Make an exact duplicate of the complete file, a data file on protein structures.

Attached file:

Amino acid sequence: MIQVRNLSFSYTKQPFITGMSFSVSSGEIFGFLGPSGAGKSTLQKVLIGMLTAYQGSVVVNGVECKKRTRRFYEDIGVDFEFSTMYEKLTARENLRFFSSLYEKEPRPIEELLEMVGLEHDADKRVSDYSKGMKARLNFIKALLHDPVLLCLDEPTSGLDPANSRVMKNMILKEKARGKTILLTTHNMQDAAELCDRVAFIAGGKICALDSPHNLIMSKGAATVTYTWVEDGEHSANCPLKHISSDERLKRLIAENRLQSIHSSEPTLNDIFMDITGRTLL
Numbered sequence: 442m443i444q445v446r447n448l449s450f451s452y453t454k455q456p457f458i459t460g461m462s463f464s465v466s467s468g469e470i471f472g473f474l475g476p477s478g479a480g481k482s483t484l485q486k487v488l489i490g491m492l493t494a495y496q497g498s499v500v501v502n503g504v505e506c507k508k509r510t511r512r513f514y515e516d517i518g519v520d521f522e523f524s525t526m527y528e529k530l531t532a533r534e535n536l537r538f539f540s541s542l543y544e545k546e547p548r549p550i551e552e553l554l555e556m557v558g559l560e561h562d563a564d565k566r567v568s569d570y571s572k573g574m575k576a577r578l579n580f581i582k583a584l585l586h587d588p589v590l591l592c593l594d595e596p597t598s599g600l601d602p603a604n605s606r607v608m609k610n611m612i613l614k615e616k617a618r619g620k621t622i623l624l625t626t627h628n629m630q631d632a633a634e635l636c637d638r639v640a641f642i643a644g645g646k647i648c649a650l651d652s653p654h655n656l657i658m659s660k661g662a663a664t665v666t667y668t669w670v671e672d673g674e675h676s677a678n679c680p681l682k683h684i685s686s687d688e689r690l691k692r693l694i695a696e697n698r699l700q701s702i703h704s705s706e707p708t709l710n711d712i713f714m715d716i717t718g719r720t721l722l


Amino acid sequence: MIQVRNLSFSYTKQPFITGMSFSVSSGEIFGFLGPSGAGKSTLQKVLIGMLTAYQGSVVVNGVECKKRTRRFYEDIGVDFEFSTMYEKLTARENLRFFSSLYEKEPRPIEELLEMVGLEHDADKRVSDYSKGMKARLNFIKALLHDPVLLCLDEPTSGLDPANSRVMKNMILKEKARGKTILLTTHNMQDAAELCDRVAFIAGGKICALDSPHNLIMSKGAATVTYTWVEDGEHSANCPLKHISSDERLKRLIAENRLQSIHSSEPTLNDIFMDITGRTLL
Numbered sequence: 442m443i444q445v446r447n448l449s450f451s452y453t454k455q456p457f458i459t460g461m462s463f464s465v466s467s468g469e470i471f472g473f474l475g476p477s478g479a480g481k482s483t484l485q486k487v488l489i490g491m492l493t494a495y496q497g498s499v500v501v502n503g504v505e506c507k508k509r510t511r512r513f514y515e516d517i518g519v520d521f522e523f524s525t526m527y528e529k530l531t532a533r534e535n536l537r538f539f540s541s542l543y544e545k546e547p548r549p550i551e552e553l554l555e556m557v558g559l560e561h562d563a564d565k566r567v568s569d570y571s572k573g574m575k576a577r578l579n580f581i582k583a584l585l586h587d588p589v590l591l592c593l594d595e596p597t598s599g600l601d602p603a604n605s606r607v608m609k610n611m612i613l614k615e616k617a618r619g620k621t622i623l624l625t626t627h628n629m630q631d632a633a634e635l636c637d638r639v640a641f642i643a644g645g646k647i648c649a650l651d652s653p654h655n656l657i658m659s660k661g662a663a664t665v666t667y668t669w670v671e672d673g674e675h676s677a678n679c680p681l682k683h684i685s686s687d688e689r690l691k692r693l694i695a696e697n698r699l700q701s702i703h704s705s706e707p708t709l710n711d712i713f714m715d716i717t718g719r720t721l722l